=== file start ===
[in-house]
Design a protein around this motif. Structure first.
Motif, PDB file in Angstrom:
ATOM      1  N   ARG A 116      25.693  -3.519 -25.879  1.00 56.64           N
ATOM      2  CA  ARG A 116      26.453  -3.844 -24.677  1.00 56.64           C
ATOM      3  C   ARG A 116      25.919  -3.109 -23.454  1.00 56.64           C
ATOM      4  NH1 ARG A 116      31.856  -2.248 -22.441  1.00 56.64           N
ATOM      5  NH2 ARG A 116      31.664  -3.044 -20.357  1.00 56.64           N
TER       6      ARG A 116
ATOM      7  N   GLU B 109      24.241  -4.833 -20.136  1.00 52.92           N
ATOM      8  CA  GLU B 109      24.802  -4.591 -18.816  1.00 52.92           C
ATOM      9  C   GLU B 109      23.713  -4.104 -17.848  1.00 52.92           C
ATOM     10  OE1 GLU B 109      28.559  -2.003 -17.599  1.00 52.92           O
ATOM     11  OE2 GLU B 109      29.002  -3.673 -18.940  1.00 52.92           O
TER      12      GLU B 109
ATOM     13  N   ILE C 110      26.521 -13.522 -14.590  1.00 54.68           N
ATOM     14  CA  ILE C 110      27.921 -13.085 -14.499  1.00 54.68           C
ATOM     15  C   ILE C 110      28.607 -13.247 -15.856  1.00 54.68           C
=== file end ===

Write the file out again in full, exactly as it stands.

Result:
[in-house]
Design a protein around this motif. Structure first.
Motif, PDB file in Angstrom:
ATOM      1  N   ARG A 116      25.693  -3.519 -25.879  1.00 56.64           N
ATOM      2  CA  ARG A 116      26.453  -3.844 -24.677  1.00 56.64           C
ATOM      3  C   ARG A 116      25.919  -3.109 -23.454  1.00 56.64           C
ATOM      4  NH1 ARG A 116      31.856  -2.248 -22.441  1.00 56.64           N
ATOM      5  NH2 ARG A 116      31.664  -3.044 -20.357  1.00 56.64           N
TER       6      ARG A 116
ATOM      7  N   GLU B 109      24.241  -4.833 -20.136  1.00 52.92           N
ATOM      8  CA  GLU B 109      24.802  -4.591 -18.816  1.00 52.92           C
ATOM      9  C   GLU B 109      23.713  -4.104 -17.848  1.00 52.92           C
ATOM     10  OE1 GLU B 109      28.559  -2.003 -17.599  1.00 52.92           O
ATOM     11  OE2 GLU B 109      29.002  -3.673 -18.940  1.00 52.92           O
TER      12      GLU B 109
ATOM     13  N   ILE C 110      26.521 -13.522 -14.590  1.00 54.68           N
ATOM     14  CA  ILE C 110      27.921 -13.085 -14.499  1.00 54.68           C
ATOM     15  C   ILE C 110      28.607 -13.247 -15.856  1.00 54.68           C